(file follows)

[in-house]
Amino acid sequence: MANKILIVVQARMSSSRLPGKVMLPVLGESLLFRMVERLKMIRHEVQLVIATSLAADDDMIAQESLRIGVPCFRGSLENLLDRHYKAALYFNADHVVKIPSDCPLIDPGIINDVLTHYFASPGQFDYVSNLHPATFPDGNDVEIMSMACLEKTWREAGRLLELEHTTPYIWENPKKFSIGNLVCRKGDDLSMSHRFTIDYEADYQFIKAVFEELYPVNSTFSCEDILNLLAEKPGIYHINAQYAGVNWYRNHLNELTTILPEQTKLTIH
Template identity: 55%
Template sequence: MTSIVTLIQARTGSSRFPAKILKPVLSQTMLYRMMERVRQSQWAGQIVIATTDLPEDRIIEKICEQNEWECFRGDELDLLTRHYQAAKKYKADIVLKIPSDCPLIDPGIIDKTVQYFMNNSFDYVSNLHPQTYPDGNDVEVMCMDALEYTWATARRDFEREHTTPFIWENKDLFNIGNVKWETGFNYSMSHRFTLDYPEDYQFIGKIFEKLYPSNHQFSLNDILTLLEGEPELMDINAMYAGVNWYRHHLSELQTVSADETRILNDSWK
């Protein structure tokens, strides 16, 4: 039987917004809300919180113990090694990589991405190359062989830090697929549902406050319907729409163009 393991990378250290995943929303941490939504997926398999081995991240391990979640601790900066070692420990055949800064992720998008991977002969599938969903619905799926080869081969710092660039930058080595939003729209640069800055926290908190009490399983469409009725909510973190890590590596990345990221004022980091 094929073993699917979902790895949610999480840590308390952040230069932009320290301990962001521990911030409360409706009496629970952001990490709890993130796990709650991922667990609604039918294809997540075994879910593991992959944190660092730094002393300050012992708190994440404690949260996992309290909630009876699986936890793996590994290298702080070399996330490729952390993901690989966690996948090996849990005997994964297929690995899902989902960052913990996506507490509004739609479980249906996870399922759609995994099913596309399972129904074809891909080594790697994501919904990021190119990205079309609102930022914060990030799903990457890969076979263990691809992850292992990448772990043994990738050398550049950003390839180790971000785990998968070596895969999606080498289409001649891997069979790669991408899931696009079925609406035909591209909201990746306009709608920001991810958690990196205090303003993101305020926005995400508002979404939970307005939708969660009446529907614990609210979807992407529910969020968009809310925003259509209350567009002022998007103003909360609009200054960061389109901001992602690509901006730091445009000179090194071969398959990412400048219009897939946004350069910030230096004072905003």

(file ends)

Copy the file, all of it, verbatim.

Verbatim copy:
[in-house]
Amino acid sequence: MANKILIVVQARMSSSRLPGKVMLPVLGESLLFRMVERLKMIRHEVQLVIATSLAADDDMIAQESLRIGVPCFRGSLENLLDRHYKAALYFNADHVVKIPSDCPLIDPGIINDVLTHYFASPGQFDYVSNLHPATFPDGNDVEIMSMACLEKTWREAGRLLELEHTTPYIWENPKKFSIGNLVCRKGDDLSMSHRFTIDYEADYQFIKAVFEELYPVNSTFSCEDILNLLAEKPGIYHINAQYAGVNWYRNHLNELTTILPEQTKLTIH
Template identity: 55%
Template sequence: MTSIVTLIQARTGSSRFPAKILKPVLSQTMLYRMMERVRQSQWAGQIVIATTDLPEDRIIEKICEQNEWECFRGDELDLLTRHYQAAKKYKADIVLKIPSDCPLIDPGIIDKTVQYFMNNSFDYVSNLHPQTYPDGNDVEVMCMDALEYTWATARRDFEREHTTPFIWENKDLFNIGNVKWETGFNYSMSHRFTLDYPEDYQFIGKIFEKLYPSNHQFSLNDILTLLEGEPELMDINAMYAGVNWYRHHLSELQTVSADETRILNDSWK
């Protein structure tokens, strides 16, 4: 039987917004809300919180113990090694990589991405190359062989830090697929549902406050319907729409163009 393991990378250290995943929303941490939504997926398999081995991240391990979640601790900066070692420990055949800064992720998008991977002969599938969903619905799926080869081969710092660039930058080595939003729209640069800055926290908190009490399983469409009725909510973190890590590596990345990221004022980091 094929073993699917979902790895949610999480840590308390952040230069932009320290301990962001521990911030409360409706009496629970952001990490709890993130796990709650991922667990609604039918294809997540075994879910593991992959944190660092730094002393300050012992708190994440404690949260996992309290909630009876699986936890793996590994290298702080070399996330490729952390993901690989966690996948090996849990005997994964297929690995899902989902960052913990996506507490509004739609479980249906996870399922759609995994099913596309399972129904074809891909080594790697994501919904990021190119990205079309609102930022914060990030799903990457890969076979263990691809992850292992990448772990043994990738050398550049950003390839180790971000785990998968070596895969999606080498289409001649891997069979790669991408899931696009079925609406035909591209909201990746306009709608920001991810958690990196205090303003993101305020926005995400508002979404939970307005939708969660009446529907614990609210979807992407529910969020968009809310925003259509209350567009002022998007103003909360609009200054960061389109901001992602690509901006730091445009000179090194071969398959990412400048219009897939946004350069910030230096004072905003």